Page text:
Getting out of the business

Hugh says

I think I’m getting out the marketing/advertising business.

He’s spending more time working on this English Cut project which sounds a pretty good idea to me.

There are days when I feel like getting out of the branding/marketing business too. It all gets way too theoretical for my liking. Debates about brand concepts become a mask for what are probably much more interesting conflicts below the surface. I guess today is one of those days!

6 thoughts on “Getting out of the business

  1. David Burn

    The thing is, we’re all in the marketing communications game, to some extent, for better or worse. Unless we have nothing more to say and nothing to sell.

    I, for one, vigorously resisted the path I’m on today all through my twenties. “I’m not giving my talent to the man,” I used to enjoy saying. Then, at 29, I realized as a writer, I could either sell my work to the literary establishment in New York, to the hacks in Hollywood, the press, or go in to advertising. Once I saw how interrelated the four choices are, I stopped thinking about it in black and white terms.

  2. Johnnie Moore

    Good points, David and Aleah.

    This morning’s post was a bit abrupt, I couldn’t quite put my finger on what I was thinking and I think once in a while it’s interesting to post stuff that’s a bit half-formed.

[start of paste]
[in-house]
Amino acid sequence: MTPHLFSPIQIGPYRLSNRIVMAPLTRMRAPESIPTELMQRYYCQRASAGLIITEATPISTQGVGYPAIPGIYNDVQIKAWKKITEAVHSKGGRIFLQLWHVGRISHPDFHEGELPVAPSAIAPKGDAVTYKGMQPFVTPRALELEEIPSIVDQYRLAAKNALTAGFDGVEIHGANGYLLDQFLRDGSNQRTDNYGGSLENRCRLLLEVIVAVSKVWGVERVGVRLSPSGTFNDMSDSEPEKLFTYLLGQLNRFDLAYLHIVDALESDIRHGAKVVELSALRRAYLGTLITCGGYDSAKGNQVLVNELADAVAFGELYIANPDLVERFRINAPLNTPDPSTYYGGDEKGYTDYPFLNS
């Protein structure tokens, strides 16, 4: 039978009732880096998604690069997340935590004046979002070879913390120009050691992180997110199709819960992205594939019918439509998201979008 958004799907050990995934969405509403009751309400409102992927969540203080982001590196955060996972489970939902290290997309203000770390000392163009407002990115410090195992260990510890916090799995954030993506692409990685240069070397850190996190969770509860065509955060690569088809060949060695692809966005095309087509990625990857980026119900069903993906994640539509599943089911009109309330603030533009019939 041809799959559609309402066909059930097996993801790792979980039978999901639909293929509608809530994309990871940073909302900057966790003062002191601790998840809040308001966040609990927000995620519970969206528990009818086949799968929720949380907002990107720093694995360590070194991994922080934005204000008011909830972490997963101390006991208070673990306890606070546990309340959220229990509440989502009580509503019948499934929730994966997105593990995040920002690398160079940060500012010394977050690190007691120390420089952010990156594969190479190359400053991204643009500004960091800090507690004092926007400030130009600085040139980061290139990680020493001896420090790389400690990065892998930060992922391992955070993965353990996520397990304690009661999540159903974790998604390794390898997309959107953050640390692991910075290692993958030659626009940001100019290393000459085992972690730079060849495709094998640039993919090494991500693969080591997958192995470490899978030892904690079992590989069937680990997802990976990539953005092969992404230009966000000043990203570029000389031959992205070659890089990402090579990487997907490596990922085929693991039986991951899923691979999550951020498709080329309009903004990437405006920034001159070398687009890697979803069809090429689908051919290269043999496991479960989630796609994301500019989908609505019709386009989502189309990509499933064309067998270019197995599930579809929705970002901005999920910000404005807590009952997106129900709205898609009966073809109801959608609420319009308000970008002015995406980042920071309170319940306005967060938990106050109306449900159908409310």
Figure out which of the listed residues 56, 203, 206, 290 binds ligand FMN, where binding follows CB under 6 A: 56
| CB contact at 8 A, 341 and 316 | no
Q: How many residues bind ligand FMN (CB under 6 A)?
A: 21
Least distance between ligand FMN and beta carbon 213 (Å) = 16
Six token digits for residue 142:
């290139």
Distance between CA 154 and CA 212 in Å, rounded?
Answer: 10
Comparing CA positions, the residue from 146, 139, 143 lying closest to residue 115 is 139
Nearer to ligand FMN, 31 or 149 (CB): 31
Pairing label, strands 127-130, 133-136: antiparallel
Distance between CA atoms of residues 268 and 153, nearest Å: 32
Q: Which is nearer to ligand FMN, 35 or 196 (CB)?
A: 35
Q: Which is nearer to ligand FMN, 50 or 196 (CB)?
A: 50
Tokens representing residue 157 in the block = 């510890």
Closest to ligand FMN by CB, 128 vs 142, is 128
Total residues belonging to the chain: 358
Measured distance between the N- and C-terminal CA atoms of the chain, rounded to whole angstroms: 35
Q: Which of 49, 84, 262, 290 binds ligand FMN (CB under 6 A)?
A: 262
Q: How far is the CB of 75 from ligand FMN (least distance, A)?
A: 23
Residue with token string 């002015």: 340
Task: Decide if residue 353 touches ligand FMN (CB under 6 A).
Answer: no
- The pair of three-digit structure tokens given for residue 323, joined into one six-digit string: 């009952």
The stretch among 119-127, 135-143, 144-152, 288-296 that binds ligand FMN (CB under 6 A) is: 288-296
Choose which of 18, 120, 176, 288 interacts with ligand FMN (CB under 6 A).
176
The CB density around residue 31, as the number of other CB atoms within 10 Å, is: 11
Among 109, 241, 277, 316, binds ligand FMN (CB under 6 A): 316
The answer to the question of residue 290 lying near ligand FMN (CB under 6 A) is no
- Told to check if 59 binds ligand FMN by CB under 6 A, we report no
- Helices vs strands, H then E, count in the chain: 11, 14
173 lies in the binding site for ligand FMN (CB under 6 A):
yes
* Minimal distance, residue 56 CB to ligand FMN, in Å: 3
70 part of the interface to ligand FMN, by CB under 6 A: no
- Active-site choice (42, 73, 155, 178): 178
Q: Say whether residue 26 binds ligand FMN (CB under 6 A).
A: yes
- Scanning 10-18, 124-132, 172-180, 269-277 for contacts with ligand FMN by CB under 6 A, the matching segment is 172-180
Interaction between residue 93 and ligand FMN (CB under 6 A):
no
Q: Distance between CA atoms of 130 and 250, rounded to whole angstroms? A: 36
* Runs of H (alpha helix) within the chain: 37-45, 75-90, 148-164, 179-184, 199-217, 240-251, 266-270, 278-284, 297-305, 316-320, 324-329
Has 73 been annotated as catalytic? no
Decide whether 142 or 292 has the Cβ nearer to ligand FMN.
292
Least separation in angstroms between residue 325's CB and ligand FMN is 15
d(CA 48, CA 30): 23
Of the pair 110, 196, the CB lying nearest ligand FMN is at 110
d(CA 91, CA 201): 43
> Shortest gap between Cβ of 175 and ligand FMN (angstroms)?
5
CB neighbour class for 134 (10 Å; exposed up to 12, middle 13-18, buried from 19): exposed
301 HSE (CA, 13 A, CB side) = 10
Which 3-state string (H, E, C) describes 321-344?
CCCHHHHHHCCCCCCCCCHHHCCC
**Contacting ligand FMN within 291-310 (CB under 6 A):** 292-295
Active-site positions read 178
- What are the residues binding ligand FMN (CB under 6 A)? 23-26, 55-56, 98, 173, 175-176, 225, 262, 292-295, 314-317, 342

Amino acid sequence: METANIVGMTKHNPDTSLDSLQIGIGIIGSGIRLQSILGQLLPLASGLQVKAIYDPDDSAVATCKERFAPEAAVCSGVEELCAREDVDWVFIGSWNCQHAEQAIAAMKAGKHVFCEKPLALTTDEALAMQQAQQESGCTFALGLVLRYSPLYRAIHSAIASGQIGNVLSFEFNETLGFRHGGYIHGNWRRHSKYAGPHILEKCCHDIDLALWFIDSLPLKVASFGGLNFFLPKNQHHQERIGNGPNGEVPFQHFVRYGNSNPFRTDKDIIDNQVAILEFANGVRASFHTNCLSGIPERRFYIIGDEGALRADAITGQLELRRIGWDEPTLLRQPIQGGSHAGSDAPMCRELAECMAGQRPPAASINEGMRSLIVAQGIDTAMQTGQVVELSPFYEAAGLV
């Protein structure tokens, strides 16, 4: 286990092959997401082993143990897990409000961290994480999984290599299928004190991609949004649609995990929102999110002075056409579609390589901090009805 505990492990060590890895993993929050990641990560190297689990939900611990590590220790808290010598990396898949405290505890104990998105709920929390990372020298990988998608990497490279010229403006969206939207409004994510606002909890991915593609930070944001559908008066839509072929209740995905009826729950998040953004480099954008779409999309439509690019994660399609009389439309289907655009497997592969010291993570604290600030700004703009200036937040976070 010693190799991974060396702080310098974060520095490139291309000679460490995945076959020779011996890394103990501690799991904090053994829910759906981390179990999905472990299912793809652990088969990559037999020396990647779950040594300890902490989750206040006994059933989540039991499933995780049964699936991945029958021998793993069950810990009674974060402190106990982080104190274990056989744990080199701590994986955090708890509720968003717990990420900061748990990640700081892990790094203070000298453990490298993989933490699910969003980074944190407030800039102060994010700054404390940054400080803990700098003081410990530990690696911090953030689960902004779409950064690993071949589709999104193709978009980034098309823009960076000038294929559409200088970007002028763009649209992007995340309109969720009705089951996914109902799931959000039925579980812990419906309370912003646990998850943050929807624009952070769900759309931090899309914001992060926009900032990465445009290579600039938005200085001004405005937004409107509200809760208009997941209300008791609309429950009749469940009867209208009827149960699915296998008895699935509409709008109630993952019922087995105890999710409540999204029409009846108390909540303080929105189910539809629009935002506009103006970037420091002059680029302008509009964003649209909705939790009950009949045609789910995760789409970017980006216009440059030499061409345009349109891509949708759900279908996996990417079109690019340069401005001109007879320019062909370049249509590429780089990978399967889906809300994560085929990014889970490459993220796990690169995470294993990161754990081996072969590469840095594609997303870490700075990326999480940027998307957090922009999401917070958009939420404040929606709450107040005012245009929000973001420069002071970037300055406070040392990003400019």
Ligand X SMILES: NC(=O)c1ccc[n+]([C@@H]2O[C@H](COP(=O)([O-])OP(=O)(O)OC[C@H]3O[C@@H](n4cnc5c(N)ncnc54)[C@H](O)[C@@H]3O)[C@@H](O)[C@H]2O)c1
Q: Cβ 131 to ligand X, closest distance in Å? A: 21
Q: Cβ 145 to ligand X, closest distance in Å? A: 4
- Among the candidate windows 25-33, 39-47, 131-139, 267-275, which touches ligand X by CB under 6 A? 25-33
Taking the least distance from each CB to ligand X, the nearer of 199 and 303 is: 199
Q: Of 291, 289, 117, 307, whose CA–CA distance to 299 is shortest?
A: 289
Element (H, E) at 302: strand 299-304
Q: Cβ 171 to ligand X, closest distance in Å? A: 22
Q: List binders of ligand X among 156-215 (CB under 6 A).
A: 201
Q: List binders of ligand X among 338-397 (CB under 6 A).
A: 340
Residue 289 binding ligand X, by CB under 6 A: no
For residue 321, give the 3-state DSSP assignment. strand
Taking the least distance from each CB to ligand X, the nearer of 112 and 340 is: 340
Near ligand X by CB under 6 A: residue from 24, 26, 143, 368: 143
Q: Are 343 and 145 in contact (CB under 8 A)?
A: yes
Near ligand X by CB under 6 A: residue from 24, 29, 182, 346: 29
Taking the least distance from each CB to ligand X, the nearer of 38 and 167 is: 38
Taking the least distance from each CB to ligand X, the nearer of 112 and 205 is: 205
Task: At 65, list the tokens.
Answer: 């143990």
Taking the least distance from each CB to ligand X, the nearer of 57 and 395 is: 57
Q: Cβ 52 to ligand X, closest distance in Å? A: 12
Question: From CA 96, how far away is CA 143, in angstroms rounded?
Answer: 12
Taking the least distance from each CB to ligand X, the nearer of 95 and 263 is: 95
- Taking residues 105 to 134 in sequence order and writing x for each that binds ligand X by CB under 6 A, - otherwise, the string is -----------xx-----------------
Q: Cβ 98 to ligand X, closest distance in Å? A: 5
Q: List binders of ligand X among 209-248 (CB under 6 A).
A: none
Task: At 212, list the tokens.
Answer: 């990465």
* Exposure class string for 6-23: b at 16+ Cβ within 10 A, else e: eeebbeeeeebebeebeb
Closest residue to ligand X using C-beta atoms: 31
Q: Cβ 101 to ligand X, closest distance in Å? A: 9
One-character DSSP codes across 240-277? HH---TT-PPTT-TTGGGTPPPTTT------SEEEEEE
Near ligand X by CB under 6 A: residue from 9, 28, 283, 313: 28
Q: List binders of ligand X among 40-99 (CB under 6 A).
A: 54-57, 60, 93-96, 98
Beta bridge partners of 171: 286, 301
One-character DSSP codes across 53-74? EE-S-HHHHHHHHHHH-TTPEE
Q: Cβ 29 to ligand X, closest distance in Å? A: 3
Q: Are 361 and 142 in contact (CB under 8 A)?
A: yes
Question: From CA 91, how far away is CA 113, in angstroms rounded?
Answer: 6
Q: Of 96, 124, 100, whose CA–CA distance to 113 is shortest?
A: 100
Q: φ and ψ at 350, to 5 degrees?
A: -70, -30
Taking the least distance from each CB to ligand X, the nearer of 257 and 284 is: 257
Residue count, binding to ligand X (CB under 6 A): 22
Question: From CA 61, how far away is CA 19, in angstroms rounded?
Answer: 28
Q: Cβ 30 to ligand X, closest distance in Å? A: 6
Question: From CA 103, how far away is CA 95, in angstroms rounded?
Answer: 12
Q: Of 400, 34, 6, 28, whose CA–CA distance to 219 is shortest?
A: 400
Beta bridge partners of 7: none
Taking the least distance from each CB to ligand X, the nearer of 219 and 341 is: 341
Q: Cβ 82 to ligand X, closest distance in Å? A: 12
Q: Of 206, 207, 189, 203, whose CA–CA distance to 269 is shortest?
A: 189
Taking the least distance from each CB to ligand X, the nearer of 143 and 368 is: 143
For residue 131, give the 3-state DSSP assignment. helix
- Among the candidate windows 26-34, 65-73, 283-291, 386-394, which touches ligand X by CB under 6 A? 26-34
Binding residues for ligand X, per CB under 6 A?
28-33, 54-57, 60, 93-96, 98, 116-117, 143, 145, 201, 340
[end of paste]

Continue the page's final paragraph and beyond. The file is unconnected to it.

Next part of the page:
There’s no getting away from marketing. I think the practice of it devoid from a personal enthusiasm for what’s being sold, that’s dull.

    There’s a lot about the branding business I don’t like. I think what I’m driving at is that more and more I’m interested in supporting great conversations and collaborations. What some of us call “open source” marketing is fun. Old style marketing, with its positioning statements etc seems kinda dull these days.

  3. Aleah

    That didn’t answer my question. 🙂 If you weren’t doing the marketing thing – as in being a representative of marketing as a profession – what would you do?

  4. Johnnie Moore

    Oh, I thought your question was rhetorical, my mistake. The answer’s fairly easy though, as I find myself getting much more involved in facilitation work these days; this I find endlessly challenging (and in a good way).

    My point of open source marketing is that it has more of the kind of open-ended quality that good facilitation embraces.

  5. Tom Asacker

    Facilitation work is exactly what the doctor ordered! Your work could have a huge impact on the ad biz, should you choose to focus there.

    The hard part, it seems to me, is seeing where the business needs to go, wanting it to go NOW, and then realizing it’s going to take time, commitment and tons of energy.


    You’re fine Johnnie. As Nietzsche once wrote: “One must still have chaos in oneself to be able to give birth to a dancing star.”

    P.S. Chaos is my best friend!


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